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Experiencing pregnancy loss

Annie
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Charlotte Hedrick, Vivian Hedrick

Charlotte (holding daughter Vivian) and David Hedrick lost their baby boy when Charlotte was 35 weeks pregnant, in April 2012. Vivian arrived the following year. They call her their “rainbow baby.” (Photo: Ben Becker)

Buzz Baby is a column about life with babies from the perspective of a first-time mother of twins.

There’s a members-only parenting club that nobody wants to join. Charlotte and David Hedrick belong. So do Betsy and Parker Amis.

They have experienced the devastating and unexpected loss of a pregnancy. They are parents on the front lines of grief, with family, friends, doctors, nurses and even strangers as their support system.

Charlotte and David lost Thomas David Hedrick Jr. at 35 weeks into Charlotte’s pregnancy, in April 2012. “I had gotten in bed that night and realized I had not felt him move,” she said.

Hours later, while their 2-year-old daughter Hayden slept, Charlotte awoke to contractions. “I went into the bathroom to run a bath, and I looked in the mirror and saw my body,” she said. She knew something was wrong. Her stomach had changed shape, and things just didn’t look right. Hours later, nurses at Texas Children’s Pavilion for Women told her they couldn’t find a heartbeat.

Through shock, tears and prayer, Charlotte made it through that day. “I knew I had to be strong. I had to deliver the baby.” Later, she held him. “We said our prayers and looked at every little part of his body,” said Charlotte. Their parents arrived and had their own moments with Thomas before his little body was taken away. Despite tests, no cause was found; it was an unexplained stillbirth.

After a small funeral service, Charlotte sought grief counseling at Bo’s Place. She wanted to tell Thomas’ story. “We want to remember him and remind everyone else. He was a real baby. I didn’t want people to forget him,” said Charlotte.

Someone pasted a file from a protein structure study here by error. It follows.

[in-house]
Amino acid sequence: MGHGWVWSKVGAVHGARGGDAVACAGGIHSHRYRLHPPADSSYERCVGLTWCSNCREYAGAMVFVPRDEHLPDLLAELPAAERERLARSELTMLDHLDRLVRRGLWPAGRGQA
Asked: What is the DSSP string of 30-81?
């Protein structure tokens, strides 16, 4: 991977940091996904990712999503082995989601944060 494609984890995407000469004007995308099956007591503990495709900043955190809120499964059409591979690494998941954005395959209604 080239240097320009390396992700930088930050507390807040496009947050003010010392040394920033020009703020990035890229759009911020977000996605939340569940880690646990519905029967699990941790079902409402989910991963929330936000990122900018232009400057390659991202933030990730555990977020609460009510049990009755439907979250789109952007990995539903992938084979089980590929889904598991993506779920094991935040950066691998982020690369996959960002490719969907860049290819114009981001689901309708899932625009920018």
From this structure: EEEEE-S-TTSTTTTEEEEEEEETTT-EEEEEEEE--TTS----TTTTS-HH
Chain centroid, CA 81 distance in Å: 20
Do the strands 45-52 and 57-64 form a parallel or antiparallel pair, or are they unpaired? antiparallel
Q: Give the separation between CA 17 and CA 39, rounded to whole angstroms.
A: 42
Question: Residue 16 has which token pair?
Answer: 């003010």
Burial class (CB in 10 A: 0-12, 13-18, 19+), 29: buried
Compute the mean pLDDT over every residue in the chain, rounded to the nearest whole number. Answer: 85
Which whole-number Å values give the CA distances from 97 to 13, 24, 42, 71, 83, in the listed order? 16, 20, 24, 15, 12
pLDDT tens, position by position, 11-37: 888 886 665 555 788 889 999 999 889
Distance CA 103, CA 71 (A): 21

David ensured they stayed strong together. He said he put his feelings on hold to keep their emotional grounding. “It took three years and another child for me to have the time to grieve. I don’t recommend waiting that long,” said David.

Questions still loom and, Charlotte knows, always will. “I wish I could have seen his eyes. I’ll never know the color of his eyes, until one day when I get to Heaven and we are reunited,” she said.

Charlotte and David welcomed a healthy child the next year, Vivian, who is now 2, and have a little boy on the way this November. Big sister Hayden is now 6.

Betsy Amis, an occupational therapist, and her marketing-manager husband Parker, excitedly made the announcement to their family during Christmas Eve dinner in 2014 that they were expecting their second child.

Betsy knew the news would be uplifting for her grandmother, Anne “Mamoo” Wallace. “[Mamoo] had been battling cancer for a long time,” said Betsy. “She always seemed to perk up or attempt more chemo when she had an event like a wedding, baby or engagement to look forward to.”

Betsy embraced pregnancy. “My first, Charlie, was an easy pregnancy, so I assumed nothing bad could possibly happen to me.” One week later, at 7 weeks along, Betsy miscarried. She called the doctor, frantic, only to hear a seemingly cold medical explanation of what to do if excruciating pain began. That did not happen, and she stayed home to weather the miscarriage.

Afterward, she wondered: "Did I do something wrong? Eat something bad? Are my eggs bad? Will this happen again?" 

She said at first she was embarrassed that she had announced her pregnancy at only 6 weeks. “A few people heard I was pregnant, and I hated having to tell them it wasn't true any longer. Looking back, I am so glad I told my family and close friends. Otherwise, I would not have had that support system.”

Parker would take their toddler Charlie for playtime so Betsy could have some alone time to grieve. “That time was all about supporting” Betsy, said Parker. “Though very sad, I wanted to focus on the positive, that we were fortunate to not have problems getting pregnant and it would happen again when the time was right."

“We were pregnant again in February,” said Betsy. “[I was] still very anxious and scared until my second trimester. I thought every cramp was a sign something bad was coming. I tried my best to leave it in God’s hands.”

They welcomed a healthy baby boy, Henry, nine months later, Nov. 3, 2015, on what would have been Mamoo’s 90th birthday. While Mamoo never got to meet her great-grandson, Betsy feels comfort in trusting he has a guardian angel.

For more baby stories, see Annie Blaylock McQueen’s column, “Mommy Moments.” If you have stories to share, leave a comment online or email info@thebuzzmagazines.com.

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